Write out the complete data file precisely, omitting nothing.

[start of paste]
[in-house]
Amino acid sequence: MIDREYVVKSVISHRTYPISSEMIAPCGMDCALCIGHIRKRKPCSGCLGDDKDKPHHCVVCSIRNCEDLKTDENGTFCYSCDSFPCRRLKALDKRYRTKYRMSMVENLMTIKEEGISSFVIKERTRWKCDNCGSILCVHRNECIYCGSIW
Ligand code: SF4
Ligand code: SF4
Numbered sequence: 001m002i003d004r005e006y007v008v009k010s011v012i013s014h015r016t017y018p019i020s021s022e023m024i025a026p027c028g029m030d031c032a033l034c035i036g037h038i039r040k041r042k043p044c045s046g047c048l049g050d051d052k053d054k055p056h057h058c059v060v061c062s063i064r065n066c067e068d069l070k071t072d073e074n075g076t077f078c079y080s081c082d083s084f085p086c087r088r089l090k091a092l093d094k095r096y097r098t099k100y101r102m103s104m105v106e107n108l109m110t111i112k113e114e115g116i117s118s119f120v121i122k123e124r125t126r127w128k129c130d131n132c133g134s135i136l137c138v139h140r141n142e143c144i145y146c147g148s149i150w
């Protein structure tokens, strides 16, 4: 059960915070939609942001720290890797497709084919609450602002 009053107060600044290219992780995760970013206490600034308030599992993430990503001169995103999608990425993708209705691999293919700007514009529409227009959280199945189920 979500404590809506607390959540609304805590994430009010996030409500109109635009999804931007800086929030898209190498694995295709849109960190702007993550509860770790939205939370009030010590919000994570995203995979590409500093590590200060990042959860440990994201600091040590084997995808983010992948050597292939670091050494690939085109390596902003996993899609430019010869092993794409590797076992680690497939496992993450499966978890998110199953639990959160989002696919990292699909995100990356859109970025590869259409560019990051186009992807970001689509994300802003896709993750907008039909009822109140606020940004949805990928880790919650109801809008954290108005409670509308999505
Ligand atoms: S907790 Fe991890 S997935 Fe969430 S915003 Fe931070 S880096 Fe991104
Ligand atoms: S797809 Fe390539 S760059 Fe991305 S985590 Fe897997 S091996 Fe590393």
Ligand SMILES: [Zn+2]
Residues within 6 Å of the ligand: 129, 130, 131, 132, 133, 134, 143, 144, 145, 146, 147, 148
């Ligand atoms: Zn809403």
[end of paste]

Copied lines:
[in-house]
Amino acid sequence: MIDREYVVKSVISHRTYPISSEMIAPCGMDCALCIGHIRKRKPCSGCLGDDKDKPHHCVVCSIRNCEDLKTDENGTFCYSCDSFPCRRLKALDKRYRTKYRMSMVENLMTIKEEGISSFVIKERTRWKCDNCGSILCVHRNECIYCGSIW
Ligand code: SF4
Ligand code: SF4
Numbered sequence: 001m002i003d004r005e006y007v008v009k010s011v012i013s014h015r016t017y018p019i020s021s022e023m024i025a026p027c028g029m030d031c032a033l034c035i036g037h038i039r040k041r042k043p044c045s046g047c048l049g050d051d052k053d054k055p056h057h058c059v060v061c062s063i064r065n066c067e068d069l070k071t072d073e074n075g076t077f078c079y080s081c082d083s084f085p086c087r088r089l090k091a092l093d094k095r096y097r098t099k100y101r102m103s104m105v106e107n108l109m110t111i112k113e114e115g116i117s118s119f120v121i122k123e124r125t126r127w128k129c130d131n132c133g134s135i136l137c138v139h140r141n142e143c144i145y146c147g148s149i150w
């Protein structure tokens, strides 16, 4: 059960915070939609942001720290890797497709084919609450602002 009053107060600044290219992780995760970013206490600034308030599992993430990503001169995103999608990425993708209705691999293919700007514009529409227009959280199945189920 979500404590809506607390959540609304805590994430009010996030409500109109635009999804931007800086929030898209190498694995295709849109960190702007993550509860770790939205939370009030010590919000994570995203995979590409500093590590200060990042959860440990994201600091040590084997995808983010992948050597292939670091050494690939085109390596902003996993899609430019010869092993794409590797076992680690497939496992993450499966978890998110199953639990959160989002696919990292699909995100990356859109970025590869259409560019990051186009992807970001689509994300802003896709993750907008039909009822109140606020940004949805990928880790919650109801809008954290108005409670509308999505
Ligand atoms: S907790 Fe991890 S997935 Fe969430 S915003 Fe931070 S880096 Fe991104
Ligand atoms: S797809 Fe390539 S760059 Fe991305 S985590 Fe897997 S091996 Fe590393």
Ligand SMILES: [Zn+2]
Residues within 6 Å of the ligand: 129, 130, 131, 132, 133, 134, 143, 144, 145, 146, 147, 148
């Ligand atoms: Zn809403």